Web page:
Iowa City depletes salt stores

The city of Iowa City continues to struggle through the dangerous winter weather season, finding itself using the vast majority of the city’s salt supply.

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Iowa City depletes salt stores

Students walk across a sheet of ice in Iowa City on Monday, February 25, 2019. Ice froze over pavements after the rainy weekend, but Iowa City is running out of salt to clear sidewalks.

Students walk across a sheet of ice in Iowa City on Monday, February 25, 2019. Ice froze over pavements after the rainy weekend, but Iowa City is running out of salt to clear sidewalks.

Alyson Kuennen

Students walk across a sheet of ice in Iowa City on Monday, February 25, 2019. Ice froze over pavements after the rainy weekend, but Iowa City is running out of salt to clear sidewalks.

Alyson Kuennen

Alyson Kuennen

Students walk across a sheet of ice in Iowa City on Monday, February 25, 2019. Ice froze over pavements after the rainy weekend, but Iowa City is running out of salt to clear sidewalks.

Alexandra Skores, News Reporter

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People walking around Iowa City sidewalks may (or probably) find themselves slipping and sliding because of the harsh Midwestern winter. In an attempt to tip-toe over the ice, people may even step into what they believe is solid ice but really is a puddle of freezing ice water, resulting in wet feet for the day.

The city of Iowa City has used all of its salt for the winter for public areas, said Superintendent of Streets and Traffic Engineering Brock Holub, but the city expects shipments beginning early this week.

“This year, we have used more than previous winters,” Holub said. “Our salt shed can hold 3,500 tons of salt. Right now, we’re next to nothing. Loads will be coming in soon, and we have enough for a few more snow storms, and hopefully, we continue to get more as the snow continues.”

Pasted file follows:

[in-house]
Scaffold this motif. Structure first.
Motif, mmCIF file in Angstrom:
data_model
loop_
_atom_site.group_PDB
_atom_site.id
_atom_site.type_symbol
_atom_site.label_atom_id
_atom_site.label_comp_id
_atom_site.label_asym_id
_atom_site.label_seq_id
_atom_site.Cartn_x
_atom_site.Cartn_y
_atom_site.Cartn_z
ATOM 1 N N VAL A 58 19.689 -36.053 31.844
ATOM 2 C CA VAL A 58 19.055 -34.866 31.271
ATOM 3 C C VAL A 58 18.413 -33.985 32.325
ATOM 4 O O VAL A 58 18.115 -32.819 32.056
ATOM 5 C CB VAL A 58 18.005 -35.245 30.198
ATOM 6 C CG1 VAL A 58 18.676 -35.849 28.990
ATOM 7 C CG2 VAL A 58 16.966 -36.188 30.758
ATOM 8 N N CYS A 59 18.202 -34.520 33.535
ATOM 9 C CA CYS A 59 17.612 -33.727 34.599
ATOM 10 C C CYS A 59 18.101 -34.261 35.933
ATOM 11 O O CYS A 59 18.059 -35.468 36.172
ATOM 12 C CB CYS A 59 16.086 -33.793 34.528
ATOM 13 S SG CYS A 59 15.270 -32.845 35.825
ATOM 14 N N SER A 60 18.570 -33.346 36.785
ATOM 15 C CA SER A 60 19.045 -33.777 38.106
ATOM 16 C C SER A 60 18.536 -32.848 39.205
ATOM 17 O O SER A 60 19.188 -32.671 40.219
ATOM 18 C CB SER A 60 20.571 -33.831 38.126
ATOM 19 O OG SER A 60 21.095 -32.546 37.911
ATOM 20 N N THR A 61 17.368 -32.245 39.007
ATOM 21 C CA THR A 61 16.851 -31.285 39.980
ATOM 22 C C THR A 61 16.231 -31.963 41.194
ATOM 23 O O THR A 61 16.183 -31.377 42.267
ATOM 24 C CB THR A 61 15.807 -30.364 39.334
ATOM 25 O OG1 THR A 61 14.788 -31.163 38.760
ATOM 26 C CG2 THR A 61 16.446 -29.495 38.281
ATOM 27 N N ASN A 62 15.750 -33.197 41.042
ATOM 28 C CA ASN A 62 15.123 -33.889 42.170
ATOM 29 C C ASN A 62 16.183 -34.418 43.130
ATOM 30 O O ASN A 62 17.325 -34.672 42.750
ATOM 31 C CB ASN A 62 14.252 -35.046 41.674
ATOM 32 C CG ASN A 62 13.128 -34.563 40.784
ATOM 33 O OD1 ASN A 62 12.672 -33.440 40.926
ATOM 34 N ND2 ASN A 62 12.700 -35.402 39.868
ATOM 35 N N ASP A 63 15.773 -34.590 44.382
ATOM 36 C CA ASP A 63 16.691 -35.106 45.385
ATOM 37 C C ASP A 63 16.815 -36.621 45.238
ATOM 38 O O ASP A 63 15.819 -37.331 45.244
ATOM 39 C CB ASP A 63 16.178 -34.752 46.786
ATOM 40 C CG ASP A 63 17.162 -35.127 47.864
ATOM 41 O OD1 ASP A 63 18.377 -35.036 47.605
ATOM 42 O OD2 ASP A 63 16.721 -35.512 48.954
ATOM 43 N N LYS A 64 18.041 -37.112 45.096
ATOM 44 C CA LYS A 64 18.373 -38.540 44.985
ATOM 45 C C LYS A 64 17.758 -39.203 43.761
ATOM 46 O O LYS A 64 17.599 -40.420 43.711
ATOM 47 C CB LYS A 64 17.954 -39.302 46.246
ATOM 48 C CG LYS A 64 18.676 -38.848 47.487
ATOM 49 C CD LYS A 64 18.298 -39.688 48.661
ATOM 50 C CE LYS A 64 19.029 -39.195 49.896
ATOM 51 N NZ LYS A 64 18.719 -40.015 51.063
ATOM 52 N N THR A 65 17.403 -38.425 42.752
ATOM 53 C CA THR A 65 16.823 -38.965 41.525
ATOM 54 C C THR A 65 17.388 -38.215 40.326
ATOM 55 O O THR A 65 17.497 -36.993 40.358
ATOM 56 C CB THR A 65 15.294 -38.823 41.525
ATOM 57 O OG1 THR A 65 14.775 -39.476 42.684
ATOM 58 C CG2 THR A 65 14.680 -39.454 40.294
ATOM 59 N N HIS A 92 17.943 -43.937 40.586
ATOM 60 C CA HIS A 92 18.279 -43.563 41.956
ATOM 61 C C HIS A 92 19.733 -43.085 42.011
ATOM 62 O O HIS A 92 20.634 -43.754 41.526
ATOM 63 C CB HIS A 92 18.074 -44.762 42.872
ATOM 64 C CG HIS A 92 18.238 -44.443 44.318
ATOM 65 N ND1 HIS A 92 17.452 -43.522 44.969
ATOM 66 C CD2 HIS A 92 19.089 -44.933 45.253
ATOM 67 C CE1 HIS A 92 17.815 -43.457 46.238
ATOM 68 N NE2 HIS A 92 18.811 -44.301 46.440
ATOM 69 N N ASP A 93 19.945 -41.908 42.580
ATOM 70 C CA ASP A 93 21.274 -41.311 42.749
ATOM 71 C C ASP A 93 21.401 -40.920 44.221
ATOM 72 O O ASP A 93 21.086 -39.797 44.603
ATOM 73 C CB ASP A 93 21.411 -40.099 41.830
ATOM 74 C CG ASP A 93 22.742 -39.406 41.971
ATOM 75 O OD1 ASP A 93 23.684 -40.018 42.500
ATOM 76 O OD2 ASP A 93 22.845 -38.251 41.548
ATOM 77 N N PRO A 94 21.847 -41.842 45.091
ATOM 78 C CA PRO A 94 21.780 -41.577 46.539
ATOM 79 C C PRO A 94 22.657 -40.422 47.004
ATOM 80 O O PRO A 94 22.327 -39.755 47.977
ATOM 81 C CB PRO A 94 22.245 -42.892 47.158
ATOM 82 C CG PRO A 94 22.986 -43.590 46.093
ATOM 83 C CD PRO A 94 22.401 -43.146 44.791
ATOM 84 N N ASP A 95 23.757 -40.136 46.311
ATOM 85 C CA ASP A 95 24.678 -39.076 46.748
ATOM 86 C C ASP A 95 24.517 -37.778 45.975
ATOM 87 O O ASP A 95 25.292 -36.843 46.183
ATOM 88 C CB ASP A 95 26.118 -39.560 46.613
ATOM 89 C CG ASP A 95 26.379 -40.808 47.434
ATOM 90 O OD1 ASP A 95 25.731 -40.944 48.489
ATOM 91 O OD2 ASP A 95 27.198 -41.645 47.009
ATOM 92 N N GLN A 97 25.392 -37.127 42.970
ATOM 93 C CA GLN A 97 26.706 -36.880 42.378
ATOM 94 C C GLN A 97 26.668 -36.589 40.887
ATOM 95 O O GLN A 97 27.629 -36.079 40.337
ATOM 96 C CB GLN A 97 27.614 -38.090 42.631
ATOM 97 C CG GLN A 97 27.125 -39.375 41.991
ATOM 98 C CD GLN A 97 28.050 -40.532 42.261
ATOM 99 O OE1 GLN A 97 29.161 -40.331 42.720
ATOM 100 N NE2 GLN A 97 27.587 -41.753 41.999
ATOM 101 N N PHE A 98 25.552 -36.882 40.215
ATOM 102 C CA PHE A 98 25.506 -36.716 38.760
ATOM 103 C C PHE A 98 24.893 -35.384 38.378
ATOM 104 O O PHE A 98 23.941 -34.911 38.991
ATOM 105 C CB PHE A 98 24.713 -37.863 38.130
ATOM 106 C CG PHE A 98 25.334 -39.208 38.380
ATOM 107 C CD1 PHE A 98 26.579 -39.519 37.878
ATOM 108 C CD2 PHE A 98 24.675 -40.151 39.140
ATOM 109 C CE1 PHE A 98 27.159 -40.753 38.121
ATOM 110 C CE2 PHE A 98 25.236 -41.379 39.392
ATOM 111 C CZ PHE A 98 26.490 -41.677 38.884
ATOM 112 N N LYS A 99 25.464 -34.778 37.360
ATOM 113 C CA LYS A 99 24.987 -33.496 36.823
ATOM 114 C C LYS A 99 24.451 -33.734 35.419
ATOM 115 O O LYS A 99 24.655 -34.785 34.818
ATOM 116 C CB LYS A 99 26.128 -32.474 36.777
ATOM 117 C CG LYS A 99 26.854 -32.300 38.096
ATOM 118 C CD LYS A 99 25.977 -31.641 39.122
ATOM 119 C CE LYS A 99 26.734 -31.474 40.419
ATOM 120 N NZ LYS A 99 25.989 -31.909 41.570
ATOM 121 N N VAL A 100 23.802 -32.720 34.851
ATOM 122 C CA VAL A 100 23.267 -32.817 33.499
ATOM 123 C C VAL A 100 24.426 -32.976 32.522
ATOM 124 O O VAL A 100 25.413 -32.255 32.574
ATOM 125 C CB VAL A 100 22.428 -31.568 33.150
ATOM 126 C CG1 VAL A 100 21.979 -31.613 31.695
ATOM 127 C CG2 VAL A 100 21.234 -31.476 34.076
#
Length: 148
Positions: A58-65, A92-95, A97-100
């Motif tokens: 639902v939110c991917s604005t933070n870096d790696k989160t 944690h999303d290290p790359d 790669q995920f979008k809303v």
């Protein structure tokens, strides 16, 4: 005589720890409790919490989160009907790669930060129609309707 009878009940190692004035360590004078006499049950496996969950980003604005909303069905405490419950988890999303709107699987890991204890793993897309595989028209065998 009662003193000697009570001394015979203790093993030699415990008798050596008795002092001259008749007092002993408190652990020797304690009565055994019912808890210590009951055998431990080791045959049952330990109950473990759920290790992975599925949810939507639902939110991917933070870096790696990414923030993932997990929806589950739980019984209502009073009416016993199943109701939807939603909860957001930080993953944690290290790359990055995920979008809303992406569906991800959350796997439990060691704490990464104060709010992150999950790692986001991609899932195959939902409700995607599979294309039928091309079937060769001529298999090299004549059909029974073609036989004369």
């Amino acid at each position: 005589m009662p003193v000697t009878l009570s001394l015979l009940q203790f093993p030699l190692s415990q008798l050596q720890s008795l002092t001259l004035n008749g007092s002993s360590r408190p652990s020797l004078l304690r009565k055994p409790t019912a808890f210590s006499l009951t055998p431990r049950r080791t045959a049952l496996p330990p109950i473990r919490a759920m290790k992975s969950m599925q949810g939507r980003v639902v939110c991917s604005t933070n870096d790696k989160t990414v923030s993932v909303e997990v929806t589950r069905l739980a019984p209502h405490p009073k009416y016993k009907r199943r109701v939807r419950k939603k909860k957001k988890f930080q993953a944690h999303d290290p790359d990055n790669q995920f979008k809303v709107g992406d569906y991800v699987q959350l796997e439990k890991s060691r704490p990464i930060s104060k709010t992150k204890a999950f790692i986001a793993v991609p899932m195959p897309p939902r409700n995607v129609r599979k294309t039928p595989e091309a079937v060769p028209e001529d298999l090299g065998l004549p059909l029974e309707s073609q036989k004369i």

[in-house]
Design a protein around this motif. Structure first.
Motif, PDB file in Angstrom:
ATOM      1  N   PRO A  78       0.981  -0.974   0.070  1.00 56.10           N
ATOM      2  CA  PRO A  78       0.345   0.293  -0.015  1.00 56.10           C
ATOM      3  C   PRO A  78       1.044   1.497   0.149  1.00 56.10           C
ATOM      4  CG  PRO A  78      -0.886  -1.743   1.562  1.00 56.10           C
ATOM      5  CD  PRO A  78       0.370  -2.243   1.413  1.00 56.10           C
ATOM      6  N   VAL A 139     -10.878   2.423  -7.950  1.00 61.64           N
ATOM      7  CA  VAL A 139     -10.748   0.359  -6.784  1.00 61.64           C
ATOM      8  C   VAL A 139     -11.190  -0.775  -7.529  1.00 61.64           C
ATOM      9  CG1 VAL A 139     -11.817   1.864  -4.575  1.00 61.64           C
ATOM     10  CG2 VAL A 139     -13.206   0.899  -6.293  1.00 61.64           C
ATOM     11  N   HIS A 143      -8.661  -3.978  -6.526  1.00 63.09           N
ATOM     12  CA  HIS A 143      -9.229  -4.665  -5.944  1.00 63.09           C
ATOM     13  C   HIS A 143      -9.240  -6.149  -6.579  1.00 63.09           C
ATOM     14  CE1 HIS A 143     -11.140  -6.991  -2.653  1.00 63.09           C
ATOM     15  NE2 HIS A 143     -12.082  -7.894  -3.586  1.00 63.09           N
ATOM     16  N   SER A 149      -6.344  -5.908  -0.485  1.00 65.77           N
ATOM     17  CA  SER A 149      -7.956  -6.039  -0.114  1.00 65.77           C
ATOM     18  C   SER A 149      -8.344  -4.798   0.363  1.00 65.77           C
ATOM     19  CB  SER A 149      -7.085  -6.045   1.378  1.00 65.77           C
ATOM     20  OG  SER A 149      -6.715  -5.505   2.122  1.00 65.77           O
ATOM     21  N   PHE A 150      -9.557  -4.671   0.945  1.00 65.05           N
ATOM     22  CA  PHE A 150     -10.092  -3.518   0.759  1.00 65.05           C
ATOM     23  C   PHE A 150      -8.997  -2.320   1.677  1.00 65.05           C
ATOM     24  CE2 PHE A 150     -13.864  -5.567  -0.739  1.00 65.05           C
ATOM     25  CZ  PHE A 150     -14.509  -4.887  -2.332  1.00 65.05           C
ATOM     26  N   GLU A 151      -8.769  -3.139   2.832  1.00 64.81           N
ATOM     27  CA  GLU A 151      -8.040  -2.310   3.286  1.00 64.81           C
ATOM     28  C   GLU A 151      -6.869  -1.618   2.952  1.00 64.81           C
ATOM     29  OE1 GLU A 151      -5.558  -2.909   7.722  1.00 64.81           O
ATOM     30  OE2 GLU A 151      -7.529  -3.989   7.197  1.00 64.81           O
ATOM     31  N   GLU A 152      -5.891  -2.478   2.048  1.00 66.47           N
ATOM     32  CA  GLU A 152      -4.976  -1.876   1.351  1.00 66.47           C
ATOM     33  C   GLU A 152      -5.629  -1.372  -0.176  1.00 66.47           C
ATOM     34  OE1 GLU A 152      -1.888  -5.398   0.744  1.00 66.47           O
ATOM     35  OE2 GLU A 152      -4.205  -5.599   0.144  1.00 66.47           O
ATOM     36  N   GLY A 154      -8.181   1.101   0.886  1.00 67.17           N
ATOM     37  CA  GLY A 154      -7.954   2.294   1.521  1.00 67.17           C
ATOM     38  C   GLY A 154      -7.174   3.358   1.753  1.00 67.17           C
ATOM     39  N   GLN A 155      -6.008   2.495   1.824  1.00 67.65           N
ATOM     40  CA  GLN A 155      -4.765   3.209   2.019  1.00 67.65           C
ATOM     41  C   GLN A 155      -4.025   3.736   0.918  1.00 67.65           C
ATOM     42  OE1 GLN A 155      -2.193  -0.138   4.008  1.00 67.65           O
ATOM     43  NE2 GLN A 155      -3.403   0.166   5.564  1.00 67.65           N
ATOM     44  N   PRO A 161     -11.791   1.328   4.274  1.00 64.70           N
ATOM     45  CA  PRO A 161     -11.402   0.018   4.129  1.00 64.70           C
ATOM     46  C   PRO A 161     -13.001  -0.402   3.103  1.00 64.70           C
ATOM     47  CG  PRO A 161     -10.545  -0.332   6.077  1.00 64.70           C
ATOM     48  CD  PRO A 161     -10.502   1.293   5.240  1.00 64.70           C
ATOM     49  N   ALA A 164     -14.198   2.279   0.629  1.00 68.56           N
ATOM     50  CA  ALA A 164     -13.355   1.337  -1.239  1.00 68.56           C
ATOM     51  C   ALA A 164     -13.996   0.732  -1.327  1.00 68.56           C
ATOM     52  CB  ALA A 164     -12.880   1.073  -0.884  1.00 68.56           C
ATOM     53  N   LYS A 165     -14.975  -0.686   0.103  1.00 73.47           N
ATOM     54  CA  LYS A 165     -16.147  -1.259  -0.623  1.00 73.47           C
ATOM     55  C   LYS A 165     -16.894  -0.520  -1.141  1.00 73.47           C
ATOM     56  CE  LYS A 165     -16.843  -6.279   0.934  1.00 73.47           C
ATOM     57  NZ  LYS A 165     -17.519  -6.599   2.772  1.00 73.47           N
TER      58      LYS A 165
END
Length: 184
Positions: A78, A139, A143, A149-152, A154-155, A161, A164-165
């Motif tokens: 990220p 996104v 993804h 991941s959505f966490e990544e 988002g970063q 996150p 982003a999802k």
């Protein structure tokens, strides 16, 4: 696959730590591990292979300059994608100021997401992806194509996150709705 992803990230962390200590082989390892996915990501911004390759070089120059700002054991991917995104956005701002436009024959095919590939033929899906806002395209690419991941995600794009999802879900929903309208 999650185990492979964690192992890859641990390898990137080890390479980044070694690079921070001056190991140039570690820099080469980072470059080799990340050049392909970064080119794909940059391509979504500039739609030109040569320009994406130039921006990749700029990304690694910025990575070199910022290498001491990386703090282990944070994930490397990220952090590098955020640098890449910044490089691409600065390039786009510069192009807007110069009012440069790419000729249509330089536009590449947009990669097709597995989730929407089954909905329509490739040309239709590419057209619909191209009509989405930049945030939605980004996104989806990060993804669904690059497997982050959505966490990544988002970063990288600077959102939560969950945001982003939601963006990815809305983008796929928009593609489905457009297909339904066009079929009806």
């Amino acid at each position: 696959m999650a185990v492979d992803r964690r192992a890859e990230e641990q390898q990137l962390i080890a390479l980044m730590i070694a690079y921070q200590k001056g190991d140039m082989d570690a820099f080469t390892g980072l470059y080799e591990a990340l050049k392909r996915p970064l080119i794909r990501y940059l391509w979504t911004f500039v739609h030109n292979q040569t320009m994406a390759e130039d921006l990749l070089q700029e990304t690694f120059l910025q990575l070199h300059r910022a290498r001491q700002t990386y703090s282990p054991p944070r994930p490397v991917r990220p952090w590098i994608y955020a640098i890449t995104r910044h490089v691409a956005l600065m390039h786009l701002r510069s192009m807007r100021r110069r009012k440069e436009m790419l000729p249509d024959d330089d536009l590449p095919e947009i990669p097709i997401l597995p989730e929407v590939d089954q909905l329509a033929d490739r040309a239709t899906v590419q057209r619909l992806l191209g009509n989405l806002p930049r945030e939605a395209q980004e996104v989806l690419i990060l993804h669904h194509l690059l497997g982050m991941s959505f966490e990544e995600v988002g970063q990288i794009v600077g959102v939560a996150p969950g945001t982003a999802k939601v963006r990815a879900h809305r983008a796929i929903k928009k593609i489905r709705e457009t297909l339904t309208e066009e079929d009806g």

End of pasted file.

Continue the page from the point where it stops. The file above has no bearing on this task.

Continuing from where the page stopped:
Holub said the city has used a significantly large amount of salt this year compared with previous winters.

Students walk across a sheet of ice in Iowa City on Monday, February 25, 2019. Ice froze over pavements after the rainy weekend, but Iowa City is running out of salt to clear sidewalks.

While Iowa City deals with combating winter weather in public areas, Stan Laverman, the city senior housing inspector, said residents and businesses are still expected to spread salt on their own properties.

RELATED: Students face trouble in Hawk Lot because of winter weather

“The city of Iowa City is not responsible for the sidewalks in front of houses and businesses,” Laverman said. “That is the responsibility of the private homeowner or the business owner.”

Residents who choose not to clear their sidewalks within 24-hours of a one-inch or greater snowfall or after ice has accumulated can be subjected to a fine, according to the city of Iowa City website.

Also, residents may file a report for a property that has unsafe public sidewalks by downloading the free ICGovXpress mobile app, visiting the Iowa City website, or calling the complaint hotline.

RELATED: Winter weather poses problems for nearly finished Kent Park Lake project

The inclement weather has led to many local schools to cancel classes in the district. The cancellations mean an additional 10 minutes added to each School District elementary, junior-high, and high-school day, according to a Facebook post.

In addition to the added time, cancellations have added an April 26 snow makeup day and a May 31 half-day makeup.

Because of the weather conditions, the UI canceled classes just a few weeks ago via a Hawk Alert. Temperatures had been anticipated to reach as low as 51 below zero in the area.

UI Facilities Management Associate Director of Landscape Services Scott Gritsch said the university has a contract for 500 tons of salt with its vendor each winter season. Landscape Services has 36-lane miles of institutional streets and roughly 65 miles of sidewalks to tend to during and after snowstorms, he said.

“The last several winters, we have only used approximately 250 to 300 tons,” Gritsch said. “This season, we have used 75 percent of the contracted 500 tons and an additional 100 tons that was left over from last year. We have been mixing more sand with the salt to make sure there is enough salt to get through the remaining winter snow events.”

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